RL: It definitely did. I love seeing people’s reactions when they find out that we filmed in Jeffrey Dahmer’s actual childhood home.

JB: That was a ballsy move. I took Marc there at the beginning, and never expected he was going to use it as a set. I just wanted him to see the house. But it does add power. That place is kind of hallowed ground. I mean, somebody died there. Not to say the other murders weren’t just as horrible, but that first murder of Steven Hicks really haunts me because he was so much like the rest of us. It could have been any of us. It is a spooky thing to spend too much time thinking about it.

RL: I can’t imagine. Was that first time you were in the house since you knew Dahmer?

JB: No. A friend of mine named Chris [Butler] owned it. He would have parties there, which was always kind of a freaky thing for me.

The important thing for this story is that you always have to be respectful and remember what Dahmer did, how many people he killed and the thousands of people who still mourn those victims. You always have to respect that. I don’t know how much that was in your head as you were making the movie…

“I always try to stay observant and stay learning.” 
— Ross Lynch

RL: Marc really made a good point of that early on. He said, ‘Although this is about a guy who is going to kill 17 people, our story really takes place before any of that.’ We tried to make an effort while filming to not really think about all of that stuff. We don’t really show any violence or any of that thriller stuff. It’s all psychological. I think that’s what makes it so interesting.

JB: The story takes you right up to the edge of the abyss and that is where it ends. The great thing is that people go into it expecting one thing and when they get to the end find they’ve watched something completely different. The unexpected has such a powerful effect on people. The reviews have been terrific. It looks like you’ve got a home run. How does that make you feel?

RL: You always hope for the best, and I always do my best, but sometimes the reviews can exceed your expectations, especially in this case. People seem to really, really like it. I personally feel incredibly fortunate. I know Marc does, and I know you do. It’s really cool to be a part of this.

JB: Did you have a sense when you were working on it, like, ‘Wow, this is going to be a good film?’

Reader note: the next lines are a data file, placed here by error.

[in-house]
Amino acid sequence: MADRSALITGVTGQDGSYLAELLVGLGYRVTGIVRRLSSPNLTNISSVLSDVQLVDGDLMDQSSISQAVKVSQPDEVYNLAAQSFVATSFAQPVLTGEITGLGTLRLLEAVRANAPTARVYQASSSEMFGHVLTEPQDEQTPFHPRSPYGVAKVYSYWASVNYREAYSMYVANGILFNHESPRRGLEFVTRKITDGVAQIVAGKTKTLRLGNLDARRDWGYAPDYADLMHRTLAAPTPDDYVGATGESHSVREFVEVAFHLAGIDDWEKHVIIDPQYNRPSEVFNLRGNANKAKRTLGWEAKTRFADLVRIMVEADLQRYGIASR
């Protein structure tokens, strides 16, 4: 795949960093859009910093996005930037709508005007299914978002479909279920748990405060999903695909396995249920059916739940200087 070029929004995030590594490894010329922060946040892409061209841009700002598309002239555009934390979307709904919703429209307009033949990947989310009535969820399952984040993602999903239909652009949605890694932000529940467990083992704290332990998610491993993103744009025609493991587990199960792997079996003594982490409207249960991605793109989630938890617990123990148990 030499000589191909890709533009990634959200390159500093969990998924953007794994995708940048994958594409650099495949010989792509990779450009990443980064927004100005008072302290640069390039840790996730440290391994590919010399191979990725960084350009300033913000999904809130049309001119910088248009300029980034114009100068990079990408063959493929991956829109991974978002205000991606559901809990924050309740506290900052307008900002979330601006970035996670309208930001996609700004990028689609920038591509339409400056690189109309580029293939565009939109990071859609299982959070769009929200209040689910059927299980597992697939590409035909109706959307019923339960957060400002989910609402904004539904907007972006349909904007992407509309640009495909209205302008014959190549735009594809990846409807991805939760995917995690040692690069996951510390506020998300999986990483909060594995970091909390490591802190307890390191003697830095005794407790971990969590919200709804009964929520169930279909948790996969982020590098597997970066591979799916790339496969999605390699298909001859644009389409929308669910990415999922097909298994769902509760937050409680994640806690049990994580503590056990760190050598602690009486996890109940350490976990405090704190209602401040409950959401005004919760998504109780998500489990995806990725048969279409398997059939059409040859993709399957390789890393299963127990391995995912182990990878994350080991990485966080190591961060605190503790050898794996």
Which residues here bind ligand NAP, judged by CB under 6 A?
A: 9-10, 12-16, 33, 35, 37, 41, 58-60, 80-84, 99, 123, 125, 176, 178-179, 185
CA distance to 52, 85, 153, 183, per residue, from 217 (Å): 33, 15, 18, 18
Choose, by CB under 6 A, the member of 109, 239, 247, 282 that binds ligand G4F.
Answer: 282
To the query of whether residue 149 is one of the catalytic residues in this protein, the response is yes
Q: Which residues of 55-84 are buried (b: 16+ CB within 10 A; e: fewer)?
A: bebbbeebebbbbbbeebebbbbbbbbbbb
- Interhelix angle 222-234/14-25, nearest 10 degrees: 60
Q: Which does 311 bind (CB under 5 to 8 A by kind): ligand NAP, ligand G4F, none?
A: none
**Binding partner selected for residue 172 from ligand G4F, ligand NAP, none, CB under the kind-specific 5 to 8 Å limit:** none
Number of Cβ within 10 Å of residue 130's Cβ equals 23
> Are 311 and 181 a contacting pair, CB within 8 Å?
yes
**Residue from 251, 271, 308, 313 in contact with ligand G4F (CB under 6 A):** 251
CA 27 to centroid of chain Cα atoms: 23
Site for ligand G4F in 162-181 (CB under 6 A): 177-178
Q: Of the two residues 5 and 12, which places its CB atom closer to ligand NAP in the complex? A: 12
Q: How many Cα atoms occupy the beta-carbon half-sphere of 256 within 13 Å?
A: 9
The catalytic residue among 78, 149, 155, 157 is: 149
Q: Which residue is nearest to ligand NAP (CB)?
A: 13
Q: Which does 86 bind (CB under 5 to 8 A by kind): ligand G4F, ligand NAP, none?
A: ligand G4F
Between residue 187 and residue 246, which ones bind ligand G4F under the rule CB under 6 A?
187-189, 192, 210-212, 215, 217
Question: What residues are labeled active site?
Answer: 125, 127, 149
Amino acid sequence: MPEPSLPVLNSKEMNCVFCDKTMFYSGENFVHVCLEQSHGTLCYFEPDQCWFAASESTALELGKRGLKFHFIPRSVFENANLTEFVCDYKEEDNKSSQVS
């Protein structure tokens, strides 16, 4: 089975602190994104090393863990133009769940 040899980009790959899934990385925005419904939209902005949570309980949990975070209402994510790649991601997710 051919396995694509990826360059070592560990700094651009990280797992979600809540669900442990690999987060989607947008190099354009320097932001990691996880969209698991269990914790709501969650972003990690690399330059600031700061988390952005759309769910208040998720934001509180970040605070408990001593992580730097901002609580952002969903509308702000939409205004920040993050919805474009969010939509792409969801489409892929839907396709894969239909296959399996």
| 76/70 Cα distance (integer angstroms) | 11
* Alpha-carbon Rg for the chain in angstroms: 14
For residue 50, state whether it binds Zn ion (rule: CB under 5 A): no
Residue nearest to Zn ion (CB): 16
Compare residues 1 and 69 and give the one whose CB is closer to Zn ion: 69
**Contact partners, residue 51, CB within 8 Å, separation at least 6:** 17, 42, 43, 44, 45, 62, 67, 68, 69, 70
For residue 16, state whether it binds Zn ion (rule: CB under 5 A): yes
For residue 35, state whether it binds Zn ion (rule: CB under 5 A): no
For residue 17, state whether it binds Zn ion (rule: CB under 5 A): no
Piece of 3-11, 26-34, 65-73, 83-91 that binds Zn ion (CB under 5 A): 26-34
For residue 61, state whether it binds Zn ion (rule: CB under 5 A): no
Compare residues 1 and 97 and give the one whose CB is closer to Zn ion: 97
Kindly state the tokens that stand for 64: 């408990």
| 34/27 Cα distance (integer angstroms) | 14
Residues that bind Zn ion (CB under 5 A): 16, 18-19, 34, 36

RL: There were a few times when I thought I could be ruining the movie. Like you said earlier, if Dahmer is not good then the film is not good. And it’s hard not to think about those things sometimes. I still tried my best, and that’s what you see. I sometimes think the way I was feeling as an actor, a little bit more self-conscious and a little bit more afraid, possibly enhanced my performance as well.

JB: Sure, it made you uncomfortable.

RL: Yes, and sometimes I think that the character made me feel uncomfortable.

JB: I can relate. When I sat down to write the final draft of the book, I spent about a month pulling all this stuff together and just sitting down and writing. Man, that was not a lot of fun because you’re really in his head. You’re in his world.

RL: It’s draining.

JB: Yeah. And when I finished writing, I had to spend a year drawing it. But at that point, I just kind of detached emotionally. I concentrated on the nuts and bolts of drawing and stuff like that. I was able to leave the emotional stuff behind because I had to.

RL: For your mental sanity.

“Dahmer never fit in the world. His walk was a physical manifestation of what was going on in his head. It’s spooky thing to think about.”
— John “Derf” Backderf

JB: Exactly. And now I’ve been doing nothing but talking about Jeffrey Dahmer for five years. You have that to look forward to. So, as an actor what did you learn from taking on this part?

RL: I always try to stay observant and stay learning. In this particular case, I think it’s always great to be reminded to give it your all. Everyone tells you that, but it’s nice to be reminded and have that challenge. This is the first time that I’ve done something as an actor where people are like, ‘Oh, this is good,’ because my prior career was doing Disney Channel. It’s just a different demographic. No one is going to applaud you for your acting.

JB: It’s a different animal.

RL: What did you take away from your whole experience with this?

JB: It’s different for me because it’s real. You look back at your life with this brutal honesty and you think, well I wasn’t the nicest guy at this point. I could have done more at this point. I missed this sign. There’s a lot of regret. Then you have to let go of that because you realize you were just a kid and living in a small town. I had my head up my ass. I’m expecting too much from myself at age 17, but it’s a mixed bag like that. You try to learn some lessons.

I think it made me a better parent. It made me a better father, believe it or not, because I was involved with my kids’ lives, unlike Lionel [Dahmer, Jeffrey’s father]. That kind of stuff stuck with me. I may have been that way anyways, but it definitely resonated with me. But I feel really good about the film and how it came out. I’m happy for everybody.